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Tsvetana Paraskova

Tsvetana Paraskova

Tsvetana is a writer for Oilprice.com with over a decade of experience writing for news outlets such as iNVEZZ and SeeNews. 

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Oil Prices Are Going Nowhere Next Year

Uncertainty over global economic and oil demand growth will continue to weigh on oil prices next year as the oversupply in the market will likely persist, the monthly Reuters poll of economists and analysts showed on Friday.

According to 42 experts, Brent Crude will average US$62.50 per barrel in 2020, just slightly up from last month’s poll by Reuters, in which analysts predicted an average price of US$62.38 for the international benchmark next year.

The economists expect WTI Crude to average US$57.30 a barrel next year, also slightly up from last month’s US$56.98 estimate.

At 07:36 a.m. EDT on Friday, WTI Crude was down 0.15 percent at US$58.02 and Brent Crude was trading down 0.62 percent at US$62.88.

The analysts expect weak demand growth in the first half of 2020 due to weak economic growth. On the other hand, most agree that there is too much oil in the market. Demand growth could be anywhere in the range of 800,000 bpd to 1.4 million bpd, according to the experts surveyed by Reuters.

Next year, oil demand growth is expected to pick up from this year’s lower growth pace, but oil supply from producers not part of the OPEC+ coalition—such as the United States, Brazil, and Norway—is seen growing faster than the rise in demand, and offsetting efforts of the cartel and its allies to rebalance the market. Related: How To Invest In An Oil Contango

The International Energy Agency (IEA) sees non-OPEC countries adding another 2.3 million bpd to their supply in 2020, while global oil demand growth is expected at 1.2 million bpd.

In the Reuters poll a week before the OPEC+ meeting in Vienna, most experts expect OPEC and its non-OPEC partners led by Russia to decide next week to roll over the cuts, but deeper cuts are unlikely, because OPEC’s leader Saudi Arabia would not be willing to sacrifice additional market share than it has already done.

Russia is expected to continue playing along, but will still be busting its production cap, Caroline Bain, analyst at Capital Economics, told Reuters.

By Tsvetana Paraskova for Oilprice.com 

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  • Mamdouh Salameh on November 29 2019 said:
    The key to oil prices now and next year lies in the continued trade war between the United States and China. The war has widened an already existing glut in the market from a relatively manageable 1.0-1.5 million barrels a day (mbd) before the war to an estimated 4.0-5.0 mbd.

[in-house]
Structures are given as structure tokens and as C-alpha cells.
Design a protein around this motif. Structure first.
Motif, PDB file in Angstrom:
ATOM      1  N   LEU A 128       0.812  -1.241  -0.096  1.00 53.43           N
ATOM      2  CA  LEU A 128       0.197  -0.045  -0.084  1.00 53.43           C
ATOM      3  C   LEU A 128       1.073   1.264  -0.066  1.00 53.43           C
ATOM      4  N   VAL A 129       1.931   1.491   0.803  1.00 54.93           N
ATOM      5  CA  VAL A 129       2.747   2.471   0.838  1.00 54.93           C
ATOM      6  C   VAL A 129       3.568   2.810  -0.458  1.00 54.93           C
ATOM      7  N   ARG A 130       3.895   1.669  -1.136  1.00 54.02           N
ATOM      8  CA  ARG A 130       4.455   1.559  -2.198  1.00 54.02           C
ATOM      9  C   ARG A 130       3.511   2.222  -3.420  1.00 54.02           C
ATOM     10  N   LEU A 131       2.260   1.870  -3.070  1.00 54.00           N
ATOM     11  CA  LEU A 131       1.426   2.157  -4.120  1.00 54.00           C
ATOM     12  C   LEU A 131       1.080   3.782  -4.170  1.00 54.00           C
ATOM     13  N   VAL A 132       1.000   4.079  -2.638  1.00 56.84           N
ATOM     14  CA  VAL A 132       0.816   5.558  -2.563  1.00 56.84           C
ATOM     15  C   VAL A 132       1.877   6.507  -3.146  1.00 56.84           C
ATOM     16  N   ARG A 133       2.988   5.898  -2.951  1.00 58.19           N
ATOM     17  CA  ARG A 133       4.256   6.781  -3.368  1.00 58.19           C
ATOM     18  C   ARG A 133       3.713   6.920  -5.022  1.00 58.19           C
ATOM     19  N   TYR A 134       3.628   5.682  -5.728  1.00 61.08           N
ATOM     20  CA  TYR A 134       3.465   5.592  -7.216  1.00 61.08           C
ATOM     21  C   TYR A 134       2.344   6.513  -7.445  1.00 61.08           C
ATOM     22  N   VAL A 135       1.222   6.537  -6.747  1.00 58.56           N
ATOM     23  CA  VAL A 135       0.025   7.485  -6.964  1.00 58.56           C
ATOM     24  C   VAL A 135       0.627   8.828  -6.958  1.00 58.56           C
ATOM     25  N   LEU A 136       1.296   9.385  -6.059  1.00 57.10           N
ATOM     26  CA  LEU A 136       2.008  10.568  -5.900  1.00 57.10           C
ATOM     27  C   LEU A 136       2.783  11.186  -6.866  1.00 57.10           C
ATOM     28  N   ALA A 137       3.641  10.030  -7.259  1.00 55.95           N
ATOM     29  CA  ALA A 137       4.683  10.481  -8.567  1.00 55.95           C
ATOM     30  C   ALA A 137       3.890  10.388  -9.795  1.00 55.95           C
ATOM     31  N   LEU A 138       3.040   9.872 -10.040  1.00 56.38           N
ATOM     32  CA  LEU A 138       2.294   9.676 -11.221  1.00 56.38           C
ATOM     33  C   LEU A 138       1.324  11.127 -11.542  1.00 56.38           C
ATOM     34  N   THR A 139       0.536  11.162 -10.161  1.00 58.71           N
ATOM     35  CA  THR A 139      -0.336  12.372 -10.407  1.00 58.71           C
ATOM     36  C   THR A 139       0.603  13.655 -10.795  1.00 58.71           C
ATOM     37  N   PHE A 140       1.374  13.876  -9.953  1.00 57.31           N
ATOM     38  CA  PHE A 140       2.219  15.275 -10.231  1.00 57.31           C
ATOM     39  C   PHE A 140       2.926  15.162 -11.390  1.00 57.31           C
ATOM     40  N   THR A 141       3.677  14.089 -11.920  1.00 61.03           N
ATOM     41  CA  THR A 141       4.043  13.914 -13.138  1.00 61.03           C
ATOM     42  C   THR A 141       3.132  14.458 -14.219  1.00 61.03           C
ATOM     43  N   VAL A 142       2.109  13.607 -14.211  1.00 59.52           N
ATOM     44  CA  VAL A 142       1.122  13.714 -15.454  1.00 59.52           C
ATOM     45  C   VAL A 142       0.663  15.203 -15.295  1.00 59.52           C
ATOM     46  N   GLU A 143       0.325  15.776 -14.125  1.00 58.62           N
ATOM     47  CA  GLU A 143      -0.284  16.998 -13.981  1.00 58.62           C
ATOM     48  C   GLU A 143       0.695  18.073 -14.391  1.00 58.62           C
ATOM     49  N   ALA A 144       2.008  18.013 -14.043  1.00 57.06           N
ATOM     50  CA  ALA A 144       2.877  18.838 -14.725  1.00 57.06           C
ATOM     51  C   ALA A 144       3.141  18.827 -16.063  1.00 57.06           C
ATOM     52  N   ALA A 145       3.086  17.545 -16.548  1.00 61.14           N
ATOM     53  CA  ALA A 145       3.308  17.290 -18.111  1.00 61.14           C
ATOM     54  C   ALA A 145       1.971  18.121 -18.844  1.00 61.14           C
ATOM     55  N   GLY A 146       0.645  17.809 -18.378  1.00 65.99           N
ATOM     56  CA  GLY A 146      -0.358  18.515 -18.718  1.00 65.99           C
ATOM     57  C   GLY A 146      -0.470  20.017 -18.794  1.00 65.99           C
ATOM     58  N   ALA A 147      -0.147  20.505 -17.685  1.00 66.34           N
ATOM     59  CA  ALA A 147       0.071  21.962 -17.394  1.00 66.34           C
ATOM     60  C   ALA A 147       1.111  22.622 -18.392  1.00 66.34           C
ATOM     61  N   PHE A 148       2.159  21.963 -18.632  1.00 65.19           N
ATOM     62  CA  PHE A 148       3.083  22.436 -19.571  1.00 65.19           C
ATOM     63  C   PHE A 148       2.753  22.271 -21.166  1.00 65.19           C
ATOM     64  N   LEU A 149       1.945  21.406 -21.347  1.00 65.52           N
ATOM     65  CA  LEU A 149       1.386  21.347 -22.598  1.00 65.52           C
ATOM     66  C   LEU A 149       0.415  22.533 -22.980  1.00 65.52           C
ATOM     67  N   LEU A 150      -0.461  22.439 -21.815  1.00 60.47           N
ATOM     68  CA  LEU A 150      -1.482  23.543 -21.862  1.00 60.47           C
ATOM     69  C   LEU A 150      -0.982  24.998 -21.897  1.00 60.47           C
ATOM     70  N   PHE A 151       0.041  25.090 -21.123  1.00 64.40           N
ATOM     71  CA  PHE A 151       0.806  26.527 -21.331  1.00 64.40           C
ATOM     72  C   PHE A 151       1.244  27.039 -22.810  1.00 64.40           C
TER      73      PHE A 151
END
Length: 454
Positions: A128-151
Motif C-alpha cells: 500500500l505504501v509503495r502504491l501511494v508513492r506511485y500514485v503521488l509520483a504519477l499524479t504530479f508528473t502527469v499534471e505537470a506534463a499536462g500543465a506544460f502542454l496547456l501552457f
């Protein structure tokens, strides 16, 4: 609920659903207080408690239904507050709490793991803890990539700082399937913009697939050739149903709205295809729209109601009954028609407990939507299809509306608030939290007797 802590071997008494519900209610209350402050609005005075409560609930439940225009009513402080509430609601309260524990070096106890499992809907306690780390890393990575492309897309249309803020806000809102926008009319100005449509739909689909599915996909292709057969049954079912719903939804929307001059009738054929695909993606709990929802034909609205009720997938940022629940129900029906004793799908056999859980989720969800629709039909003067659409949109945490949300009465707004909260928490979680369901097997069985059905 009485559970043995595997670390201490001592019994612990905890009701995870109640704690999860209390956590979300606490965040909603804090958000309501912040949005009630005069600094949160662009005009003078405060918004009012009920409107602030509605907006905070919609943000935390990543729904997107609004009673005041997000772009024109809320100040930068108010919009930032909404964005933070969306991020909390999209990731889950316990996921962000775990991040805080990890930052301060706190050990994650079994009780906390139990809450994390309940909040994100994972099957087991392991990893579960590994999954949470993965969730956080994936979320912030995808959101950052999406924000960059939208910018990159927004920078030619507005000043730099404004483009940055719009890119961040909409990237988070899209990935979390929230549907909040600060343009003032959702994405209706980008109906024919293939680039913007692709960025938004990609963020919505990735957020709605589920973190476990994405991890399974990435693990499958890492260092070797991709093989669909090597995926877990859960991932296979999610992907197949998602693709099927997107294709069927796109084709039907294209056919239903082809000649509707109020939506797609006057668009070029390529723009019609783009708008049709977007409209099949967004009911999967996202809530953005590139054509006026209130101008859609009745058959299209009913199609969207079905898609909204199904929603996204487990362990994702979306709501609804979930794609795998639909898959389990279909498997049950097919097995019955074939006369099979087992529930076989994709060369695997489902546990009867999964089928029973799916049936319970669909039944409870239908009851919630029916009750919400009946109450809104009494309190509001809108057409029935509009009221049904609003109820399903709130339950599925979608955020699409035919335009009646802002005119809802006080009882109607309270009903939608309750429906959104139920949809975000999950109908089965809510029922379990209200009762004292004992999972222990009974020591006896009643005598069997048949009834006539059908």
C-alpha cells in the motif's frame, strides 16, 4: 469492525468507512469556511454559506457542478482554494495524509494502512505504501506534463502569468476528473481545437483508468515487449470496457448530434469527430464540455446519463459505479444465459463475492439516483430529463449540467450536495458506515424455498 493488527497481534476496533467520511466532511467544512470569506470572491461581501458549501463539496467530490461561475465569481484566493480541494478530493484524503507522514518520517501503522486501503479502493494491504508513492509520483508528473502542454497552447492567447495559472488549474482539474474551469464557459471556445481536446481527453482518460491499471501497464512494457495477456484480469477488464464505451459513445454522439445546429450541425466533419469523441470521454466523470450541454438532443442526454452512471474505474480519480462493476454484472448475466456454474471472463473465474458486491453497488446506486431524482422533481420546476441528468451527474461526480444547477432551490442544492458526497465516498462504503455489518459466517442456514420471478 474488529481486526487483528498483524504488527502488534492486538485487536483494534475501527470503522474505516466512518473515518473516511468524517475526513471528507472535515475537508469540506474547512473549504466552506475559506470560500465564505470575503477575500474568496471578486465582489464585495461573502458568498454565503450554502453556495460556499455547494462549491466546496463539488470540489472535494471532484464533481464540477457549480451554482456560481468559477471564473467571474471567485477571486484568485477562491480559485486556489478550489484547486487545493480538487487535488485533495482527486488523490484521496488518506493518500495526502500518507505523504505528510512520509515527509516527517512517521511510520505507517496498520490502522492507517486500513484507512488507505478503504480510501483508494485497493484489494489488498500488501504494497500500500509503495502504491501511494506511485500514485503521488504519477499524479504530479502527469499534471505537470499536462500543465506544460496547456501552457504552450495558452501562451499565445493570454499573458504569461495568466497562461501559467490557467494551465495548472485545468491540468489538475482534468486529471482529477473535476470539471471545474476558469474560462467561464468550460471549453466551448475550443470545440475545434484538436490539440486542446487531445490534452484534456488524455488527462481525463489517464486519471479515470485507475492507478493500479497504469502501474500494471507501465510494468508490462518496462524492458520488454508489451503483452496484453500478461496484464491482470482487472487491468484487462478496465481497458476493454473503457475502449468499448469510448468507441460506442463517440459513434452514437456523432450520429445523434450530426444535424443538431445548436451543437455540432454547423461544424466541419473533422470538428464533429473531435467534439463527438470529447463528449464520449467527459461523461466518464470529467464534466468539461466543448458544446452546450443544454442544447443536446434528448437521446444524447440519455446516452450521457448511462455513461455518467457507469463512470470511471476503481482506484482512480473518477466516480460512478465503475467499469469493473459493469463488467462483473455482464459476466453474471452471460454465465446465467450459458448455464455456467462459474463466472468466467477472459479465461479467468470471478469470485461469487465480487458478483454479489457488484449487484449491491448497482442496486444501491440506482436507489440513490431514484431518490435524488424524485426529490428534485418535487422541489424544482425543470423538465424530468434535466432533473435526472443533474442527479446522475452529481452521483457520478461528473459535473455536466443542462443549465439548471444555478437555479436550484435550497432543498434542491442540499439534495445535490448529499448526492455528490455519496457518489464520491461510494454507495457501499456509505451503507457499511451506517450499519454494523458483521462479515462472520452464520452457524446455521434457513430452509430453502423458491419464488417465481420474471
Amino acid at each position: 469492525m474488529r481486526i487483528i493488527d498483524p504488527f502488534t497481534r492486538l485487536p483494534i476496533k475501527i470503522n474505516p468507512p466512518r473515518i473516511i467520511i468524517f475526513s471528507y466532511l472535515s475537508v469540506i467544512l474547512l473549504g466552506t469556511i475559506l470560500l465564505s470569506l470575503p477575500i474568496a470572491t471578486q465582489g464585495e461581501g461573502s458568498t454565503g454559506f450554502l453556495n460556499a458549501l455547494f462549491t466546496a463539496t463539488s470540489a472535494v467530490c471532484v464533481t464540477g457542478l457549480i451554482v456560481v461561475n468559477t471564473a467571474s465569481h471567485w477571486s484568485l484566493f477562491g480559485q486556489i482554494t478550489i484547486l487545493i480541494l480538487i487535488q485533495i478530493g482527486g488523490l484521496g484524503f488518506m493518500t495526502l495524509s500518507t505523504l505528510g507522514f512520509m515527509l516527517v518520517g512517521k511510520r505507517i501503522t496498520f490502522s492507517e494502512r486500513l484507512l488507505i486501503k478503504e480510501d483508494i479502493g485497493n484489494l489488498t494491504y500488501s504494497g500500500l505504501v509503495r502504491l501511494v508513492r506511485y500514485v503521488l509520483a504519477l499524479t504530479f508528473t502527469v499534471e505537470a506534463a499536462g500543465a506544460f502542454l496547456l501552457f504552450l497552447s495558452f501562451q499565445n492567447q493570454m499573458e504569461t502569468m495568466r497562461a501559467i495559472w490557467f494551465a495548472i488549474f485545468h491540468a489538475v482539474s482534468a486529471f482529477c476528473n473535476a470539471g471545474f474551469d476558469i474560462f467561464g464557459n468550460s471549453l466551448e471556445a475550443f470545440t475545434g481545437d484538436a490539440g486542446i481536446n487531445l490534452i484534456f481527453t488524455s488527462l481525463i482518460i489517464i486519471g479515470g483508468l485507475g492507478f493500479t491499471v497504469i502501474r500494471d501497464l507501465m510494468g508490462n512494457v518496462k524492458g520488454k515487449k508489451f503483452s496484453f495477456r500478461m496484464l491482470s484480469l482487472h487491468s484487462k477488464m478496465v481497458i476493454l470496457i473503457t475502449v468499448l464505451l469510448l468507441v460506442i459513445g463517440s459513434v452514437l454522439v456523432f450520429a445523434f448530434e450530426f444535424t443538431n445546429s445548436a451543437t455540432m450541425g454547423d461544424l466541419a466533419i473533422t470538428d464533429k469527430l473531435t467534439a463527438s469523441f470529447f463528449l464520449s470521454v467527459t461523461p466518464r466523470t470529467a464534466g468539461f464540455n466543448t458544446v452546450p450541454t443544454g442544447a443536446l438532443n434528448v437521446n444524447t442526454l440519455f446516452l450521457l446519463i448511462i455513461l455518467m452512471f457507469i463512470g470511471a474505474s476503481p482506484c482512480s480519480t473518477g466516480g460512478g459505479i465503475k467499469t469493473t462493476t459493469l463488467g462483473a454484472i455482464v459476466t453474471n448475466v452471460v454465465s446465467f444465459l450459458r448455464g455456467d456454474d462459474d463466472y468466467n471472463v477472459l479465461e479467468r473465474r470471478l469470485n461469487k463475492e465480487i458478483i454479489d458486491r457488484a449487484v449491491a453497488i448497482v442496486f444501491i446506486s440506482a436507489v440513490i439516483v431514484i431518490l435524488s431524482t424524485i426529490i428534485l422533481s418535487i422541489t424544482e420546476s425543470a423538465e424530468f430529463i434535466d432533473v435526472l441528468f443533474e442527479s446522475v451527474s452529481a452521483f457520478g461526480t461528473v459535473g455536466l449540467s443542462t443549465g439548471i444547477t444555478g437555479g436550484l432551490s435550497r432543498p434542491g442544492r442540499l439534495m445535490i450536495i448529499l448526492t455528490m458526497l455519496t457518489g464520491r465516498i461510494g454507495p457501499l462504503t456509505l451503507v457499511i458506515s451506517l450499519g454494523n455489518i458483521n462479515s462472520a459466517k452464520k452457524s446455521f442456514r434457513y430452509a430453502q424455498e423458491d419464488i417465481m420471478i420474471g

As long the trade war continues, the glut will also stay with even the possibility of increasing.

    OPEC + can only agree to extend the current production cuts by a few months but it will never agree to deepen the cuts because such a measure is futile as it only causes it to lose market share with no positive impact on prices. Furthermore, Russia will never agree to that.

    The claim by the International Energy Agency (IEA) that it sees non-OPEC countries (the United States, Brazil and Norway) adding another 2.3 mbd to global oil supply in 2020 is not only typical hype from the IEA but also self-delusional.

    US shale oil production is already in decline as evidenced by the continued fall in oil rig count. US oil production could drop next year to around 10 mbd.

    It will take Brazil more than 10 years to be able to raise its oil production significantly above the current production of around 2.6 mbd because of high costs of production from the pre-salt reserves. And with break-even price of $40 per barrel, Brazil needs oil prices exceeding $80 a barrel to attract major foreign investments as evidenced by the recent flop of its oil auction.

    As for Norway, its oil production has been declining by an average annual rate of 2.5% from 2.6 mbd in 2008 to 1.84 mbd in 2018.

    Therefore, instead of adding 2.3 mbd as the IEA is hyping, the US, Brazil and Norway would by producing 2.67 mbd less in 2020.

    Dr Mamdouh G Salameh
    International Oil Economist
    Visiting Professor of Energy Economics at ESCP Europe Business School, London

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